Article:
One of the perks of a good life is to be pampered. Have the red carpet rolled out for us and let us enjoy the fruits of our success.
AC and Heating units, warm baths, packages delivered right to our doorstep, internet, and streaming services. It’s all really comfy.
Comfy is an advantage of the “luck of the draw” living in a first-world country.
But comfy can turn into complacency quickly. Getting too comfortable can make us more fearful of things “out there” we hear about. It can make us be settled with what we have now in order to not rock the boat and potentially harm our “status”. It can help us avoid any risk because when we think of risk we think of failure.
Comfortable is a luxury we have but we have to decide if that’s what we want.
There is no right or wrong answer as it’s up to each of us to forge our own paths but it is interesting to consider what happens when we push past being comfy and get a little (or a lot) uncomfortable.
What can we achieve?
What can we progress?
What can we endure?
Innovation and advancement come from being uncomfortable, both inside and out, to go where we’ve never been before.
When we live in our bubble the things we know and feel become very familiar. Our senses are dulled because we can already anticipate what is going to happen. We see it often. It’s comfortable.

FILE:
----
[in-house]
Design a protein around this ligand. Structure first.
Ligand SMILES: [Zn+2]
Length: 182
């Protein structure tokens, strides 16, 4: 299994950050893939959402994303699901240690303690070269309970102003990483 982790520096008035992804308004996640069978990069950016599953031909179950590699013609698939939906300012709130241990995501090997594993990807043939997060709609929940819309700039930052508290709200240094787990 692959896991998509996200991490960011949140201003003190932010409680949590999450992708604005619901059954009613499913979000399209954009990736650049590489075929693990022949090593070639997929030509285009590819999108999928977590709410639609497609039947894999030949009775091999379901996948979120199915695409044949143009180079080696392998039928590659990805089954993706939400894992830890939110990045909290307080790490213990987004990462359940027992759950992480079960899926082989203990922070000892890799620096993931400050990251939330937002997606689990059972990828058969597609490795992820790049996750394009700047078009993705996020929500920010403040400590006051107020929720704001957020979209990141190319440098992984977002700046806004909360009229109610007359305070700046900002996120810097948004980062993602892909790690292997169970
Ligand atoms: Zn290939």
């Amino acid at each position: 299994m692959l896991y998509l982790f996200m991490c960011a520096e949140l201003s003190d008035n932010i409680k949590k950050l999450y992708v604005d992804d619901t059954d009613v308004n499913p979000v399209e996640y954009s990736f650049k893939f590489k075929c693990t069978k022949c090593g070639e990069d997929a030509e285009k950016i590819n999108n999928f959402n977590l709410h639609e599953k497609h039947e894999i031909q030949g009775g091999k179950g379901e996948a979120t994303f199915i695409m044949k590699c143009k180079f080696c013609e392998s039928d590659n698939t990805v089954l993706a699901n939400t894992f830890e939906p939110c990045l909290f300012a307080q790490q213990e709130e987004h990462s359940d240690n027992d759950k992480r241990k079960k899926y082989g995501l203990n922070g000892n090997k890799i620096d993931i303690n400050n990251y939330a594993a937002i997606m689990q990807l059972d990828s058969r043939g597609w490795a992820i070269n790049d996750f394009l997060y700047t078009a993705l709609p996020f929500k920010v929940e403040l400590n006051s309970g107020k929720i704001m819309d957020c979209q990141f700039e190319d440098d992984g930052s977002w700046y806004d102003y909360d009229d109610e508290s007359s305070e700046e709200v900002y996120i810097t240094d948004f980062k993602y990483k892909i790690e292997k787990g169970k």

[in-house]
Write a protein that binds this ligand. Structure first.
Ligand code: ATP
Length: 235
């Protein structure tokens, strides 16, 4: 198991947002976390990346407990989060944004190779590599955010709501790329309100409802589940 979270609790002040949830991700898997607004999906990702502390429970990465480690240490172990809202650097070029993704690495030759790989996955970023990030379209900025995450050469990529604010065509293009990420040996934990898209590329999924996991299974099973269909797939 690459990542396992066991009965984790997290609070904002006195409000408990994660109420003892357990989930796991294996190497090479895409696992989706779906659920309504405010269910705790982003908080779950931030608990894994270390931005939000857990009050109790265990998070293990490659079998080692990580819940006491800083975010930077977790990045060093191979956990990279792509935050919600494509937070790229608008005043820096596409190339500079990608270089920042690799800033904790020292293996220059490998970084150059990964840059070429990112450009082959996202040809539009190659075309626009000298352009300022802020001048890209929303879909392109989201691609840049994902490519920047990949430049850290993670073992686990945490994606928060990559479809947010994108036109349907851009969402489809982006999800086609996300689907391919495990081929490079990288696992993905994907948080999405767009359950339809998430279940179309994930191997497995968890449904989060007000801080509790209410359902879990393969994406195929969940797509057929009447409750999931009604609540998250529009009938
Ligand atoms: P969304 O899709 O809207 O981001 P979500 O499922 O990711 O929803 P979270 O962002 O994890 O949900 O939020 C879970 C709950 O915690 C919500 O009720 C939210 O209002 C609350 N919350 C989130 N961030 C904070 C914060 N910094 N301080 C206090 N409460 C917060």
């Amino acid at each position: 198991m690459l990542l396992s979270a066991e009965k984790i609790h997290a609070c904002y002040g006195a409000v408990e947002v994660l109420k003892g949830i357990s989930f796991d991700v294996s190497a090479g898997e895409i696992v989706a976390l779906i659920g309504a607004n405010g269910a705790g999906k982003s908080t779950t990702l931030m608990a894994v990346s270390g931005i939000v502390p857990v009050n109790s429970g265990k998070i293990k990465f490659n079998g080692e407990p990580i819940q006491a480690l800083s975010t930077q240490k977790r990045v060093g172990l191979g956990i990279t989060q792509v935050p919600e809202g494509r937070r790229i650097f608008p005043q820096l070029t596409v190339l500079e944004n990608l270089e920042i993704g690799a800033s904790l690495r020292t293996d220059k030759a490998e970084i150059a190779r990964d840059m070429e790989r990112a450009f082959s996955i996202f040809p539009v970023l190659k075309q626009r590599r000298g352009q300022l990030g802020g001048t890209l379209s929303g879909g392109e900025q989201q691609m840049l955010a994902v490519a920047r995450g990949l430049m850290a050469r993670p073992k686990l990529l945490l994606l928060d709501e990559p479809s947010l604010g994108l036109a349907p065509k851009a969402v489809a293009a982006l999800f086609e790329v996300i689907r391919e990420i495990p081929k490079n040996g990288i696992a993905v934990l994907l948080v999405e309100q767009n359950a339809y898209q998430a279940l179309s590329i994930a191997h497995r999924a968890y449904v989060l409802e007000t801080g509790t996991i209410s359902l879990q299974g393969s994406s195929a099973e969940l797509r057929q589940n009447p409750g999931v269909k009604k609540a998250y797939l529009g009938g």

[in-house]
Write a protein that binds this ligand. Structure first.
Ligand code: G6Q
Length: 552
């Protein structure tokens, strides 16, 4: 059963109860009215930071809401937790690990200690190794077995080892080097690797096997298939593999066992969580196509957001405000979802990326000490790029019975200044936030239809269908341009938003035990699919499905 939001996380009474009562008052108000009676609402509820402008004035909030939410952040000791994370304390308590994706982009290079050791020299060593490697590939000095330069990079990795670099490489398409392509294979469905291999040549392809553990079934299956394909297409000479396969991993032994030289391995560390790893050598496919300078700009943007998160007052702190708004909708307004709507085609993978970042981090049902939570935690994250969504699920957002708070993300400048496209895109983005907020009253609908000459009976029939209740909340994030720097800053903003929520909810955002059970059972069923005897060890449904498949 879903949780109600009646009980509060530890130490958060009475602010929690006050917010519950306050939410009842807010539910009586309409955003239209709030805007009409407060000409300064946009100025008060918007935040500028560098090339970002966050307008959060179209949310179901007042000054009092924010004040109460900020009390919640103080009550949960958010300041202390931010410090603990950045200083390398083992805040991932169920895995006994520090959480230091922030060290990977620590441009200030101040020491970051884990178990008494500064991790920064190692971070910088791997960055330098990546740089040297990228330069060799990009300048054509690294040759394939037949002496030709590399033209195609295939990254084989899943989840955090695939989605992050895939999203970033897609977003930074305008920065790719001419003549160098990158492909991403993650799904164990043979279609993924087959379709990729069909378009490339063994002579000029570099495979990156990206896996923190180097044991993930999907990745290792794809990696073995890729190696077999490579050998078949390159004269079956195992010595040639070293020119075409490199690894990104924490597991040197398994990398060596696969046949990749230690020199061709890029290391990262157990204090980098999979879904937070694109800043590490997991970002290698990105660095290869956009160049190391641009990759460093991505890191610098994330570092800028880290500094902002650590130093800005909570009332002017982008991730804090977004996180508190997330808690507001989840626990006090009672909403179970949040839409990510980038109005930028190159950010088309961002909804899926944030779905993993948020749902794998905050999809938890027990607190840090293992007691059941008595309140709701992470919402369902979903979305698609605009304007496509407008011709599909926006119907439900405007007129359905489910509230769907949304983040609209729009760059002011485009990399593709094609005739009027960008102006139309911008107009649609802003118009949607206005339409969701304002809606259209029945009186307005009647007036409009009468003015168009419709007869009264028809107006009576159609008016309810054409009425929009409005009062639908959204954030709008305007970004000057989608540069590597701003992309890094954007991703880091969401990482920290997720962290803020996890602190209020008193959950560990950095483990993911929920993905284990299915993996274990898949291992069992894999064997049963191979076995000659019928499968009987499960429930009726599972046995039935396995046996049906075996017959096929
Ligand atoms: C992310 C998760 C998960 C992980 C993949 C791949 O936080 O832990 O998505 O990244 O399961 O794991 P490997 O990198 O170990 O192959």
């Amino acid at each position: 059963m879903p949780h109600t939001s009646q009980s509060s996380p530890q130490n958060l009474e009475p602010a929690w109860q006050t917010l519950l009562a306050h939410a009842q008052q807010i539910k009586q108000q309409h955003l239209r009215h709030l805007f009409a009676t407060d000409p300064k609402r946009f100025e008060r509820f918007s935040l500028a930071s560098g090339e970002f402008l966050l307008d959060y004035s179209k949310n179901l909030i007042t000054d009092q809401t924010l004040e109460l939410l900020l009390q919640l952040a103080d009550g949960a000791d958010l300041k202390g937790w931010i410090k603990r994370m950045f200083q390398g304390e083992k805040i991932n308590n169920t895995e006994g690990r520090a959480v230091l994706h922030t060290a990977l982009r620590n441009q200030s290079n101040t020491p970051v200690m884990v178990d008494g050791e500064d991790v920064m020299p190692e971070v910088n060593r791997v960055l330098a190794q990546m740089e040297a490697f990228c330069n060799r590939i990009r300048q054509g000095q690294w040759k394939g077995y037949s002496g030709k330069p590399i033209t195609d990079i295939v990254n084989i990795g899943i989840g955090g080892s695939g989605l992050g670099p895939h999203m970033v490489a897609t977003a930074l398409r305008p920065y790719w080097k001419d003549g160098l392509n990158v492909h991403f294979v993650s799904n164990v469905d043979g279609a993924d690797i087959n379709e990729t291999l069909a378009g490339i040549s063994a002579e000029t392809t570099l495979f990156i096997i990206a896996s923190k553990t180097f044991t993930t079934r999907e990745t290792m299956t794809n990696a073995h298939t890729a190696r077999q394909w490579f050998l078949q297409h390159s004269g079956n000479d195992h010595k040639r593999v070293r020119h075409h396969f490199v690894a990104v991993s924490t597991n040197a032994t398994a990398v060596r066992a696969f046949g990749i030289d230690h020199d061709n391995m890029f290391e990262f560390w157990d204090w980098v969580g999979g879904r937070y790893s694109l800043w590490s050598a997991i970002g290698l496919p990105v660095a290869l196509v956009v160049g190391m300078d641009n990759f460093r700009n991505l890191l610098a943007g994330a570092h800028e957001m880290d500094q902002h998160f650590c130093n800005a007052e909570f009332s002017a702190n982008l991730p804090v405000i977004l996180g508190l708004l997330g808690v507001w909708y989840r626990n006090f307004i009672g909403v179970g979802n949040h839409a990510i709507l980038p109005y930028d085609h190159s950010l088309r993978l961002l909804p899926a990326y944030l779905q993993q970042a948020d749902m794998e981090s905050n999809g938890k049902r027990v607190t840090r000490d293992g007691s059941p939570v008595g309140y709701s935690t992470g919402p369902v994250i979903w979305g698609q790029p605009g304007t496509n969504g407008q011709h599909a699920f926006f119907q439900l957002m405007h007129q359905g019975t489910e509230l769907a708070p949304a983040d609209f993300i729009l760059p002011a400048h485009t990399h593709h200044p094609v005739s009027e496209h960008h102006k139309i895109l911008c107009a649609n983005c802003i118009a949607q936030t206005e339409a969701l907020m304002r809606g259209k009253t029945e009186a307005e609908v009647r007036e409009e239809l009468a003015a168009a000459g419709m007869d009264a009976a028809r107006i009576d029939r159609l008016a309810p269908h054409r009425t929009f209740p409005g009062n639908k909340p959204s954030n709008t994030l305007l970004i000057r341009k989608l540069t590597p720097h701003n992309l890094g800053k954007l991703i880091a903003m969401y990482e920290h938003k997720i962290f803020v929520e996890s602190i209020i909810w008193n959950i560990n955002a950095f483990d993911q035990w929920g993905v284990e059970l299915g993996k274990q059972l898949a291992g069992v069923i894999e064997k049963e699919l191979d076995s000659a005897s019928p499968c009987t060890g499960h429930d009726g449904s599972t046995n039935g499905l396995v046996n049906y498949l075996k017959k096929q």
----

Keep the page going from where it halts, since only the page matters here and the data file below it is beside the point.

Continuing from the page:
The only way to actually grow, or see if we are growing, is through exploration. Visiting a new scene, a new area, a new world.
Traveling outside our bubble can unlock many “spidey senses” that live deep down but don’t get to come out often. We get to have our guard up and make choices. We get to paint a portrait of a new landscape we’ve never seen before.
It can make us alive again. It gives us a perspective that the world is much bigger than our bubble and it rattles our thinking a bit. It makes us question what we believe at this moment.
That’s a good thing.
Because that’s how growth happens, through challenging our thinking, expanding our experiences, and exploring a whole new world we’ve never seen before.
Episode 210 features Lexi Godlewski, a former guest of the Podcast (ep.135), Marketing Strategist & Success Coach. We spend most of the interview talking about her recent decision to move from New York to Hawaii and all of the emotions and changes that came along with it. This is such a great conversation around recognizing your feelings, stepping outside your comfort zone, and taking calculated risks to help lead you down a path toward happiness.